Space service to revolutionise photography at sporting events after £900k boost

A UK space company has launched a service to deliver the first real-time events photography, removing the waiting time for images after a sporting event.

A £900,000 investment from the UK Space Agency, in partnership with the European Space Agency, will support developers at Preston-based AWOL, to roll out its space-enabled photography service that is able to upload images in real-time.

The service, which can be used at mass sporting events of all kinds including running, cycling and triathlons, means when a person passes a specific milestone on the course or crosses the finish line, their photos will be delivered instantaneously via smartphone to family and friends.

The investment comes as the UK marks UN-backed World Space Week 2020 (October 4-104th to 10) which celebrates the contribution made by satellites to everyday lives.

The new project will see a number of rollouts at real events in early 2021 – including the Cancer Research UK London Winter Run, Manchester Marathon, Tour de Yorkshire Ride, Royal Windsor Triathlon, organised by Human Race, and the Children with Cancer Swim Serpentine and Standard Chartered Great City Race, organised by the London Marathon Events Company, among others later in the year.

Space is a key contributor to the UK economy, employing around 42,000 people, and it is also fundamental to many sports activities that rely on satellites for time and location services, provided by GPS, and access to the internet, provided by satellite communications.

The project is being led by developers and photographers from AWOL, and supported by some of the UK’s major tech brands including SCAN Computing, BigBlu and Wex Photographic, bringing in cutting edge tech from the likes of Microsoft, HP, Canon, Fuji, Nikon, Sony, Cobham and Europasat.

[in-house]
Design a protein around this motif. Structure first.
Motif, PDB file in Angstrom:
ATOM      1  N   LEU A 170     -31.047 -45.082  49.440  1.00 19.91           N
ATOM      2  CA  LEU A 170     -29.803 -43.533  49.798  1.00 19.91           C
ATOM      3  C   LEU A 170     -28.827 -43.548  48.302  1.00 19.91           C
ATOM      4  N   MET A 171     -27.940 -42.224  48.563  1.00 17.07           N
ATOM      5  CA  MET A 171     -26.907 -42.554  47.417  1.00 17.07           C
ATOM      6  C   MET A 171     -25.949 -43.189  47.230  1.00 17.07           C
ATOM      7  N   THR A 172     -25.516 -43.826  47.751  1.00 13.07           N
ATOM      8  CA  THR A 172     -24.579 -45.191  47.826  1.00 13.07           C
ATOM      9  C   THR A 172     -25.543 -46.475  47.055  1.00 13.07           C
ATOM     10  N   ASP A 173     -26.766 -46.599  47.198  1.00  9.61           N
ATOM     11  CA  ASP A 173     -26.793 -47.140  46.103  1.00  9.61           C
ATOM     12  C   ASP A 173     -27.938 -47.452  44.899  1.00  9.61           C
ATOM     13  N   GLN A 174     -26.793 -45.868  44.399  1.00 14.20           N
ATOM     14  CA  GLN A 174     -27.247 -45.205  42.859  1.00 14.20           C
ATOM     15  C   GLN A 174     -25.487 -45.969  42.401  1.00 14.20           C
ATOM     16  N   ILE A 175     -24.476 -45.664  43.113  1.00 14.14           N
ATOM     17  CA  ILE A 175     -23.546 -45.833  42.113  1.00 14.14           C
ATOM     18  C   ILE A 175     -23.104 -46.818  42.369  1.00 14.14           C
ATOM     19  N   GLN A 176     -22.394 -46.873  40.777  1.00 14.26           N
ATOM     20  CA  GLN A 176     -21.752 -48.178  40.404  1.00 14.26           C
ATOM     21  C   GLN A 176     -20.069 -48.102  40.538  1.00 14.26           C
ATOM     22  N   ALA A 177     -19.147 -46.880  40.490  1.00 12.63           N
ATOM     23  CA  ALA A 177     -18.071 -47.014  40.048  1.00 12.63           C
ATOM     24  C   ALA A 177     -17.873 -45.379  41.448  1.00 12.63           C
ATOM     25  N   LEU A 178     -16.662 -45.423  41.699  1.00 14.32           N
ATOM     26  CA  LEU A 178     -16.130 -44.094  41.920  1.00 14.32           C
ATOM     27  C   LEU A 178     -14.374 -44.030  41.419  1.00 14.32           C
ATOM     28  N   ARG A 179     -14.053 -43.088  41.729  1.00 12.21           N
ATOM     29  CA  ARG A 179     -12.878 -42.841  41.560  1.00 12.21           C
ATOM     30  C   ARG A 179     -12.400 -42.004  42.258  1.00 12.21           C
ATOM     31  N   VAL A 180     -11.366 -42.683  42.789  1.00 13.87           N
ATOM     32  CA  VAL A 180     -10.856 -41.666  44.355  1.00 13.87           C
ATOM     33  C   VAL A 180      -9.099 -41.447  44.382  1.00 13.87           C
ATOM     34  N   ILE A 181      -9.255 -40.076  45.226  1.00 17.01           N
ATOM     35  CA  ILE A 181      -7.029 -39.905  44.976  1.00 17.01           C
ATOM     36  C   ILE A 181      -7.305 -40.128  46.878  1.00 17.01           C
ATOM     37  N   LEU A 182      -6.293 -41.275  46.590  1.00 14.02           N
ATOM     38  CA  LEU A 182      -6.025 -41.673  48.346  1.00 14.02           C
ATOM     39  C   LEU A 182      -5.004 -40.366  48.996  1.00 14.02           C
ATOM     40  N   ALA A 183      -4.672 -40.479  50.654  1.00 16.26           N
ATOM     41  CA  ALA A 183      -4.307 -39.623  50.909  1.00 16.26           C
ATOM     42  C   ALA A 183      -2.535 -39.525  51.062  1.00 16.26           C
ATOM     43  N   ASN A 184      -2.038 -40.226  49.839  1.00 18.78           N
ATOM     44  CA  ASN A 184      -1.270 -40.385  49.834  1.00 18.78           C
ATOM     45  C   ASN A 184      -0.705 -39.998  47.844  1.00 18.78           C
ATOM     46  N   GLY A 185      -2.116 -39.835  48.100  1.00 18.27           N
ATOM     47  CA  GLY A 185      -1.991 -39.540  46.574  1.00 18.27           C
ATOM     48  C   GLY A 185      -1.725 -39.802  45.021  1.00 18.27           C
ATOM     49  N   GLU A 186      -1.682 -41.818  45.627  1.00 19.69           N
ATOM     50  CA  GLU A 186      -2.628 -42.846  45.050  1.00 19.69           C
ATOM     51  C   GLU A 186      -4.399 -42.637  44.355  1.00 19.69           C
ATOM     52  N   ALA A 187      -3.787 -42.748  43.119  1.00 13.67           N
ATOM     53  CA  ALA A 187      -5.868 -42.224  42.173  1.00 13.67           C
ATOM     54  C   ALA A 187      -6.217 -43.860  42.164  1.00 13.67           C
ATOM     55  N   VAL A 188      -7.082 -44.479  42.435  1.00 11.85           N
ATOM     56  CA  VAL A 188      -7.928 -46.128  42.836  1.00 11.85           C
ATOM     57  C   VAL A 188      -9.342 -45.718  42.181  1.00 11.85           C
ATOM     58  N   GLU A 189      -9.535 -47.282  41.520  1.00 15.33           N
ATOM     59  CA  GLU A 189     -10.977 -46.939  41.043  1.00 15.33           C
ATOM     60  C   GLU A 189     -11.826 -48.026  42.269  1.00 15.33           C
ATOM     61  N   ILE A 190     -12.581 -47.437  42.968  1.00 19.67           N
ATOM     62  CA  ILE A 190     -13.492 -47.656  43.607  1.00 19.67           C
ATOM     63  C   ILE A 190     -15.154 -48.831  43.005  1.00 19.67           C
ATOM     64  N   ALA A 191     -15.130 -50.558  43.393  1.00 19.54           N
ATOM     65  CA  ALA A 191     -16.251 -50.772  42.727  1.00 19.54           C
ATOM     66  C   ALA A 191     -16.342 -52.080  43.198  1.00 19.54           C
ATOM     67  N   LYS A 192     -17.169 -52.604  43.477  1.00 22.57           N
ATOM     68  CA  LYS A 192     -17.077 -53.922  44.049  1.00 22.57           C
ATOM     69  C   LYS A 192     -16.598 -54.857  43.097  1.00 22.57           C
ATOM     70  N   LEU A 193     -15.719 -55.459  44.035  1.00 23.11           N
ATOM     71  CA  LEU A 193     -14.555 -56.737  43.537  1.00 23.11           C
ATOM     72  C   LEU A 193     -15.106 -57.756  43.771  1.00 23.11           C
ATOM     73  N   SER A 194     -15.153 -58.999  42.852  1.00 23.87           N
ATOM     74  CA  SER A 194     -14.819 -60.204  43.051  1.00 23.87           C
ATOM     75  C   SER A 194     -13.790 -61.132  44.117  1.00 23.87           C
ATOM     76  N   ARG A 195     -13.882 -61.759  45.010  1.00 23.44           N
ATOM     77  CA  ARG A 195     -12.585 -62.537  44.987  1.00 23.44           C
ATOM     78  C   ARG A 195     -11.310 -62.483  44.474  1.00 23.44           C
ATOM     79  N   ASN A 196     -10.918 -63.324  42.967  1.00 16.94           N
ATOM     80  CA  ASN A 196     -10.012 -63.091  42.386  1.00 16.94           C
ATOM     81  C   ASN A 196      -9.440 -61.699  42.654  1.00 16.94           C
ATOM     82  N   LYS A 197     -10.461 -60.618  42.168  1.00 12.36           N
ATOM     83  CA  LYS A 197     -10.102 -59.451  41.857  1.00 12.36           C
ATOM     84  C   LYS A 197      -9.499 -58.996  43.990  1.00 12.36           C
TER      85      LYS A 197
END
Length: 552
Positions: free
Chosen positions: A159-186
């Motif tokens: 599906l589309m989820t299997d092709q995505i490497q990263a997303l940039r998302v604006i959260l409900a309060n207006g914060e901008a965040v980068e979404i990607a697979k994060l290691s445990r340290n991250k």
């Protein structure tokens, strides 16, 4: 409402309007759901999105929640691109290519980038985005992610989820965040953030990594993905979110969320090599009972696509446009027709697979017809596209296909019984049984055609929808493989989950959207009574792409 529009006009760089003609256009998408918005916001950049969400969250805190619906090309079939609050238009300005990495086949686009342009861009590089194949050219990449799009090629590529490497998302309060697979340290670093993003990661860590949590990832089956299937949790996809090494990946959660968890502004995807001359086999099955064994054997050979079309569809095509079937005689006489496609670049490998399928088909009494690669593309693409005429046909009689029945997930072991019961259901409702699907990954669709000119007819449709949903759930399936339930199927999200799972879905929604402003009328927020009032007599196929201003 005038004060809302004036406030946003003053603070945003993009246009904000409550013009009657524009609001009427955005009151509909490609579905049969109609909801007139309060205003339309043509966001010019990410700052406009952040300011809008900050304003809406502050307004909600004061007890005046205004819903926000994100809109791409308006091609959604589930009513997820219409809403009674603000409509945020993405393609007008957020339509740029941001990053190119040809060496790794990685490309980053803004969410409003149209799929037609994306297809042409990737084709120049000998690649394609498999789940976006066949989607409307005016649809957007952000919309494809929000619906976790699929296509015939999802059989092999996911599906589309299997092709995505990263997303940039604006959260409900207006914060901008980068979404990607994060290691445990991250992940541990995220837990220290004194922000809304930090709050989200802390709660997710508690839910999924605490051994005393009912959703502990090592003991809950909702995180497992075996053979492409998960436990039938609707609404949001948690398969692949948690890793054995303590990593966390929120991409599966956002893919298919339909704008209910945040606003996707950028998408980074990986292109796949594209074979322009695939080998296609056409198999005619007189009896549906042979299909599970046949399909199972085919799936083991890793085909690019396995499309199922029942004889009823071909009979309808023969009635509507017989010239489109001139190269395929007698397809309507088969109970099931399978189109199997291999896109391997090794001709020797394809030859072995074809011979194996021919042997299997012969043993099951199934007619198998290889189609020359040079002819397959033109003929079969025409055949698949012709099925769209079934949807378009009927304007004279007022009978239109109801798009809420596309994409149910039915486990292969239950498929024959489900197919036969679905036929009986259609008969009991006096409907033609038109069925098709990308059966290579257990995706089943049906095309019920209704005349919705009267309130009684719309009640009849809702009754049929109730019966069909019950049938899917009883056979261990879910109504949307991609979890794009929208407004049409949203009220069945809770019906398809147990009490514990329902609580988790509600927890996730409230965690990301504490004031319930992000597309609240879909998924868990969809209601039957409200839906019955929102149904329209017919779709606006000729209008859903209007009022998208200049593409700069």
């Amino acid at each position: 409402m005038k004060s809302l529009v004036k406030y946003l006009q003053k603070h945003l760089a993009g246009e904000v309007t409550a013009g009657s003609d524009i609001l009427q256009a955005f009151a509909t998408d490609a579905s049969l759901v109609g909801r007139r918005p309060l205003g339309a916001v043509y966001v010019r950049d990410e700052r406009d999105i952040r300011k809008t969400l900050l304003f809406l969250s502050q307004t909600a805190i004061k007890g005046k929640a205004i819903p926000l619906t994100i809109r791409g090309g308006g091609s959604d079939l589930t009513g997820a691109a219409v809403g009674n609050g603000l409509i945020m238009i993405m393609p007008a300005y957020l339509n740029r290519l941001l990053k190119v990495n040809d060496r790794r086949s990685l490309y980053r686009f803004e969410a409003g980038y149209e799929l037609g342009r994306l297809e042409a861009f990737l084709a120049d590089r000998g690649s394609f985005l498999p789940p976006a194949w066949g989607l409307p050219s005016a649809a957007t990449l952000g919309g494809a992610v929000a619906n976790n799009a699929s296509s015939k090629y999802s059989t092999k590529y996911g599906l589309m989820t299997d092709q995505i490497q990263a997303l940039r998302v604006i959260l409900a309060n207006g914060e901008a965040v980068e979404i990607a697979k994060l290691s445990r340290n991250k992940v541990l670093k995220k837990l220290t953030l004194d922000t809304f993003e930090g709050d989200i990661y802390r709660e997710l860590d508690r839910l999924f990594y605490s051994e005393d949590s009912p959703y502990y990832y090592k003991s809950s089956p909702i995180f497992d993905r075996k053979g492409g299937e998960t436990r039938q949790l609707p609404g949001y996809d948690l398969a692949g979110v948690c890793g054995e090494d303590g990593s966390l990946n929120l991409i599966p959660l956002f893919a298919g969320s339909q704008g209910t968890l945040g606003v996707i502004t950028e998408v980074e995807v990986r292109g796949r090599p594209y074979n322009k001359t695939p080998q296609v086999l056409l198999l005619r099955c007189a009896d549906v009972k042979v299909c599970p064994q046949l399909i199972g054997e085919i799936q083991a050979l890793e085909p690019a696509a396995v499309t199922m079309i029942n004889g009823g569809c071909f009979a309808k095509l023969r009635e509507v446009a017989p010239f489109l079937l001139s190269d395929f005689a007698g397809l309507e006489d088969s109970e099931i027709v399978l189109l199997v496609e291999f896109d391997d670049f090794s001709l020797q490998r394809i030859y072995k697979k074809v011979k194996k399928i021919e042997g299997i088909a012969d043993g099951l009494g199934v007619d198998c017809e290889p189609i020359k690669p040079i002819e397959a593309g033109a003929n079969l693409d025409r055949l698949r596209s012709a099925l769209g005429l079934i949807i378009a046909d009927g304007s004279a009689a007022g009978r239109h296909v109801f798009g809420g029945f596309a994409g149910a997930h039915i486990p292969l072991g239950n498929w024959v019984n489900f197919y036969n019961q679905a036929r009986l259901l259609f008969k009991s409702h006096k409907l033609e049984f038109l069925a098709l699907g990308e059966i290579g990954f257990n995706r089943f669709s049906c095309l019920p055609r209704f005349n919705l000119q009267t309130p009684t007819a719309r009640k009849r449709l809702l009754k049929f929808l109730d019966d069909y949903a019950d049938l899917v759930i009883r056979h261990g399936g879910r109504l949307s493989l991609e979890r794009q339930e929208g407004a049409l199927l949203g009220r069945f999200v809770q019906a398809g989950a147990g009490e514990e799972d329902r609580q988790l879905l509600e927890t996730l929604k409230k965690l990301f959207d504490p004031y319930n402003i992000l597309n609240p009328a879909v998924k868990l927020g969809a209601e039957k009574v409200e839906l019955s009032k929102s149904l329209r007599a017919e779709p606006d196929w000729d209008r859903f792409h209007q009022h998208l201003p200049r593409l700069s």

Rich Burnett, co-founder and operations director at AWOL, said: “Image quality is everything: Not only will photos be delivered much faster than is currently possible, but it also unlocks huge potential for quality control.

“Production managers will be able monitor the actual pictures being taken, and make a range of both physical and technical adjustments to continue pushing the boundaries of event photography.”

Graham Turnock, chief executive of the UK Space Agency, said: “Space is a glue that joins together many of the practical parts of our everyday lives, from how we bank to our food delivery. But it also supports technologies like sports photography that make life more fun.

“AWOL’s concept will help revolutionise the quality and the speed of sports photography and I am certain anyone who has taken part in these kinds of events will look forward to using this service.”

Nick Rusling, chief executive of Human Race Events, said: “AWOL is a company we’ve been pleased to work with for the last three years across our event portfolio which includes the award-winning Manchester Marathon, Manchester Half Marathon, Dragon Ride, Windsor Triathlon and others.

“It’s great to see innovation happening in the area of photography and athlete experience, especially in such a challenging time for our industry and we look forward to reaping the benefits of this new technology as part of our ongoing and profitable partnership with AWOL.”

Human Race, under parent ownership of Tour de France owners Amaury Sport Organisation, is the UK’s premier mass participation sporting events organiser, with a diverse portfolio of running, cycling and triathlon events year-round.

The UK space sector is an economic success story, growing by more than 60% since 2010. The sector already supports £300bn of UK economic activity through the use of satellite services, and the Government has established a new National Space Council to consider how space policy can enhance the country’s prosperity and place in the world, as well as security interests.

The UK continues to be a leading member of the European Space Agency, which is independent of the EU, having committed a record investment of £374m per year in November 2019. Satellites support the economy and everyday life and this is one of the UK’s fastest growing industries.